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  1. vinman's Avatar
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    #21  
    Ok, so I have an unlimited data package - so with that, it's a good solution (maybe not perfect, but good)?

    And let me make sure I understand something...
    Does the map refresh itself with the gps signal? I guess that's a detail I've missed somewhere. I mean, I guess it wouldn't be very functional if I have to hit refresh every few seconds...

    Then again, if I can view my progress on a zoomed in detail map with directions, the map itself doesn't necessarily have to move - the dot would be moving, right?

    How does this thing work again?
    Former long term user of the Treo line, then on to the HTC 8125/8525. Now I have graduated to the iPhone. For the first time since getting my first Treo 600, I am not constantly scanning the web looking for a better converged device.
  2. #22  
    The dot always stays in the center of the screen and blinks. As you drive, the map moves. As it approaches the boundaries of the viewed photo, a new picture or tile will download from the EVDO internet automatically as the google app is internet enabled.
  3. #23  
    Quote Originally Posted by vinman View Post
    ok, I'm a little confused about this "blue dot" thing. Does the dot not represent the user's gps location? If so, how does this not equate to real time navigation? It obviously won't verbally dictate turn by turn directions, but it seems as though it would be functional enough. Seems if you use Google directions, and have the course laid out for you on your device, the dot should indicate where you are on the course, no? Being able to zoom in and out on the course just offers that much more versatility when following long range directions...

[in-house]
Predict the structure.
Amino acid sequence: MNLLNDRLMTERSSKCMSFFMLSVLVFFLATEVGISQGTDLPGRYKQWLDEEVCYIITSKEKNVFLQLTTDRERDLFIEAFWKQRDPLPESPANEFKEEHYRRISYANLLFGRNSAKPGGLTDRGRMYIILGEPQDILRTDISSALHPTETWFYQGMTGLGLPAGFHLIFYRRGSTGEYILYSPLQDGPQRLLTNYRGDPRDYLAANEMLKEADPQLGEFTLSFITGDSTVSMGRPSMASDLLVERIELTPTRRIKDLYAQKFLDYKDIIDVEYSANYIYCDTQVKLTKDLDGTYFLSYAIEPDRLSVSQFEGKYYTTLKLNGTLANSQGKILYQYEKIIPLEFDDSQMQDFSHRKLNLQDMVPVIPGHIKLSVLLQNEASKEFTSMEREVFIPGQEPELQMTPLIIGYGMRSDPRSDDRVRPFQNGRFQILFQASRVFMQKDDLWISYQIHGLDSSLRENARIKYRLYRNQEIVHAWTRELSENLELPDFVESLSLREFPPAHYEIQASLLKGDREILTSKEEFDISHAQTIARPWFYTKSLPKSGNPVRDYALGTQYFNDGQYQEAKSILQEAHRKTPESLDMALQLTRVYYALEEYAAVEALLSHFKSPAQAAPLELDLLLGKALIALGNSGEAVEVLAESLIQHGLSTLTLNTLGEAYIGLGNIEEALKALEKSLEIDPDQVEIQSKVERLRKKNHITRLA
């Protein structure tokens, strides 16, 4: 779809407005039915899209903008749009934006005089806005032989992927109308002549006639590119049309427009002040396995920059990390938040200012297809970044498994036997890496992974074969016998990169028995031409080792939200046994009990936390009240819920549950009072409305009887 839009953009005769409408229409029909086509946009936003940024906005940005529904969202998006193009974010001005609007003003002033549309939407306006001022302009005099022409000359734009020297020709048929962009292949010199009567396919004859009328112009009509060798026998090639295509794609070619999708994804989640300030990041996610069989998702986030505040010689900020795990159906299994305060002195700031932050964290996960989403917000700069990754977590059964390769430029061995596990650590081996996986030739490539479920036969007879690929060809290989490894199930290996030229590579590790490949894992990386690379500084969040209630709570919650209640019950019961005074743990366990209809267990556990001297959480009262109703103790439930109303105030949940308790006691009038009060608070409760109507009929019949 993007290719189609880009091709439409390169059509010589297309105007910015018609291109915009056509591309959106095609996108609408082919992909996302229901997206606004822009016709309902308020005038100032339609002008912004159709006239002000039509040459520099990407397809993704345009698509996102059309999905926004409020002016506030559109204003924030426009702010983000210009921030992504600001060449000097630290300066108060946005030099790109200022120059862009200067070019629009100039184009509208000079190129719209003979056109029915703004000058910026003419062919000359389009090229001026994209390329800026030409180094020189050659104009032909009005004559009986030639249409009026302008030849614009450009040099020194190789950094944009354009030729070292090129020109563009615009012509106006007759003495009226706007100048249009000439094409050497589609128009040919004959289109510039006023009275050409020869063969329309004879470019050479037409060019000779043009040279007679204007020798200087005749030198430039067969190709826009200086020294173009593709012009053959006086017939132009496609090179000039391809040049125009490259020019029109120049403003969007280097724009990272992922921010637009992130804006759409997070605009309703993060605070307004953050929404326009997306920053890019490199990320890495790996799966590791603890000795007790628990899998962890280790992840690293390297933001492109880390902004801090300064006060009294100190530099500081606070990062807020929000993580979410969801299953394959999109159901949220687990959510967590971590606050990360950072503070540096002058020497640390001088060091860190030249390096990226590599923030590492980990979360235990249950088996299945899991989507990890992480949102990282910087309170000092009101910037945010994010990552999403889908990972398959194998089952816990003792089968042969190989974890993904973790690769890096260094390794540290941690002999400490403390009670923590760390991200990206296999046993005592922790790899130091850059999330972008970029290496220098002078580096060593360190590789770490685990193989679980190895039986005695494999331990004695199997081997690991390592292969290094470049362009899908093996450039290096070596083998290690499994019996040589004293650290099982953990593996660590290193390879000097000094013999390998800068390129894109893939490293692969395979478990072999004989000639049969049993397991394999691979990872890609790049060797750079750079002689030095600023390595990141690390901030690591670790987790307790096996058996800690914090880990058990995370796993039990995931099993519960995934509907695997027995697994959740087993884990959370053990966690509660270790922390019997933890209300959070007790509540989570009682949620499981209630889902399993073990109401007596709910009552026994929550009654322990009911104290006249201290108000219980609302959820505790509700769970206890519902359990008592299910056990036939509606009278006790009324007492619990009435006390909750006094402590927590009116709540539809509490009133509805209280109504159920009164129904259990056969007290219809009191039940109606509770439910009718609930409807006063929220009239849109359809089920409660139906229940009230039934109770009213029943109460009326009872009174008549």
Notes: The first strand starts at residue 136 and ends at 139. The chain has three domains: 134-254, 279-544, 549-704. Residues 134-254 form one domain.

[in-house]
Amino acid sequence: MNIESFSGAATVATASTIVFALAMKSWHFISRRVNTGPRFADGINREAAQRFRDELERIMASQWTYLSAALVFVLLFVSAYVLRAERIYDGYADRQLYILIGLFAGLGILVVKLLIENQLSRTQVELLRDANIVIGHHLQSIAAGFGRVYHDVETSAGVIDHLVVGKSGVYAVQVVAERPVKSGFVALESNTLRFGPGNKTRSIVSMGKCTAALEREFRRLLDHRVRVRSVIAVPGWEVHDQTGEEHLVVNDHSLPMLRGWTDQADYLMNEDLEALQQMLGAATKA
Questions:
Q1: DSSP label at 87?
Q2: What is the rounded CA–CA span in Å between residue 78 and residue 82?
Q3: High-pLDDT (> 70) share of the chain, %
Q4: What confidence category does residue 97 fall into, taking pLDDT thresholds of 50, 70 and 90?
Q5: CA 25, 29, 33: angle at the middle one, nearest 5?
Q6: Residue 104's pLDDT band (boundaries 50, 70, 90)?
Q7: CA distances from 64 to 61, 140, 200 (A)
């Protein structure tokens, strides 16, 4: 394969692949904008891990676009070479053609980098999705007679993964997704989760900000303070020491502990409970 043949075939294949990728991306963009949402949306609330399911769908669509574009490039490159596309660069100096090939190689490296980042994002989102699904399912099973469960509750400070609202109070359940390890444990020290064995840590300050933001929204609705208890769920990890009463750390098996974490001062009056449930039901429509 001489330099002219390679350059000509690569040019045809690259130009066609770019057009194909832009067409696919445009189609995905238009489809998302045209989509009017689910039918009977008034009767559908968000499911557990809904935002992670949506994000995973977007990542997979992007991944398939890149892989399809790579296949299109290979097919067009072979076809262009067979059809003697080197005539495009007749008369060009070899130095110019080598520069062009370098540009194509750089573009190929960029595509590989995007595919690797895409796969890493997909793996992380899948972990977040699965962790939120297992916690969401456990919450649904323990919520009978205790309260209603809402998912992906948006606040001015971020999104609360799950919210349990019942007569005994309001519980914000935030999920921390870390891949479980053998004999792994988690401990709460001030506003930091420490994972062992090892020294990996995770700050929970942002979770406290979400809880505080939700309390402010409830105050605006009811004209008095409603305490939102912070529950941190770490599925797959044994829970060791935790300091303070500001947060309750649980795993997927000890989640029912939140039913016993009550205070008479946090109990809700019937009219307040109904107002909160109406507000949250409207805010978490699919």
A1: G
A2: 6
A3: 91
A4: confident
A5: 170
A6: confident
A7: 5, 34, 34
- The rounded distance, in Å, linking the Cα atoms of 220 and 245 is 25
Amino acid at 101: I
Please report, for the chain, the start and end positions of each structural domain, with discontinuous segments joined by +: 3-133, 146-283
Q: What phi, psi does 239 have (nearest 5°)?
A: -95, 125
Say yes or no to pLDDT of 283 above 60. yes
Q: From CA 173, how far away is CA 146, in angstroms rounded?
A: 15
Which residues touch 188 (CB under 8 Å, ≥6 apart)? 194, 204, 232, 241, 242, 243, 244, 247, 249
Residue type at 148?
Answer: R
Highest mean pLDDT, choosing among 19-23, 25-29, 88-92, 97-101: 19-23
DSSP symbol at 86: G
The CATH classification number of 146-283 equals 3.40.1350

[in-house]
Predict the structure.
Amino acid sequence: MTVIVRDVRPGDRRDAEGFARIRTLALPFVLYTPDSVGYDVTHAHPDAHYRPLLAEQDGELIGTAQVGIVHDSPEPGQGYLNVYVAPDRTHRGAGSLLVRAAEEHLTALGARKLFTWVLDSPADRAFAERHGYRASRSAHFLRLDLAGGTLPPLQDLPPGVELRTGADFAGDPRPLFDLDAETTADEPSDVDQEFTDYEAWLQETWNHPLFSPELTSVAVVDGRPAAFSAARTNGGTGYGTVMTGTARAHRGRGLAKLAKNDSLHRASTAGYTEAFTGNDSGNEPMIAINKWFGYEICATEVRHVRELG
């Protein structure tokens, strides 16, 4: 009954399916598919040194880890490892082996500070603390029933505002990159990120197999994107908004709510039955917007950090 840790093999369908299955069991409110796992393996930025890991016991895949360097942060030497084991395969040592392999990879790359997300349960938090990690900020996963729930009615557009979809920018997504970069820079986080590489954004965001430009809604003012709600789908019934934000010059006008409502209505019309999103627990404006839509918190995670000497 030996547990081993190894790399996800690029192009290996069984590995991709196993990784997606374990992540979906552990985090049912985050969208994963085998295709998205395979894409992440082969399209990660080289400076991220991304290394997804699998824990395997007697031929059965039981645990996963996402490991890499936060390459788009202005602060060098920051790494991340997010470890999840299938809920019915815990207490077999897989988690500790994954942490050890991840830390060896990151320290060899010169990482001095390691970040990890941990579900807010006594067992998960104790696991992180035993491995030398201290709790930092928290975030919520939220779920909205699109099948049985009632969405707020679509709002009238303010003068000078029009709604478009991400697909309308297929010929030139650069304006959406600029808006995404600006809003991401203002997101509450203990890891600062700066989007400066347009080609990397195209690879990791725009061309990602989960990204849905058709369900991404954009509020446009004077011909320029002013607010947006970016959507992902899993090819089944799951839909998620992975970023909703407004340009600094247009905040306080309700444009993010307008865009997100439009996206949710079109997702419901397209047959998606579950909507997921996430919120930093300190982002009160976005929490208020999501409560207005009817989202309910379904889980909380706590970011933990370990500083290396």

Is GMM with GPS just a fun toy, or is it a practical solution (not having to buy a $400+ dashtop device)? We used a Garmin (forgot the model number) with our rental car in Dallas last month. While it was great in the city on congested streets, it was almost a hinderance on the interstate if you were actually waiting for your turn instruction. Twice it told us to turn right as we passed our exit. I guess it's not designed to use while moving 70+mph?
    So I have both TeleNav and GMM (Windows Live also - yes I'm a freak). I think I like GMM with my GPS better, and here's why.

    I find GMM to be faster, easier, simpler to use, than TeleNav. I can fire up my GPS puck, and GMM finds it quickly (seems like TeleNav always has to re-pair the BT) and then using GMM is very simple as well. Here's an example.

    Family and I were traveling this weekend. We knew there was a specific restaurant in one of the towns we cruised through. Got the kids some stuff at McD, which was easy to see from the interstate, but the other one was not readily visible. GMM and GPS - blinking blue dot - did a search based on the restaurant name - said it was 1.6 miles away and gave me directions. No it doesn't speak to me. But it worked instantly fast.

    yes TeleNav would do the same thing (and more really), but after having used TeleNav for about a year, and really liking it, I'm now finding that with GMM and the same puck I use for TeleNav, that I use Google Maps MUCH more often than I use TeleNav.

    Both have their place, because you cannot deny the safety advantage of spoken turn by turn, but based on what I do and how I work, I like GMM just as much if not more.
  4. #24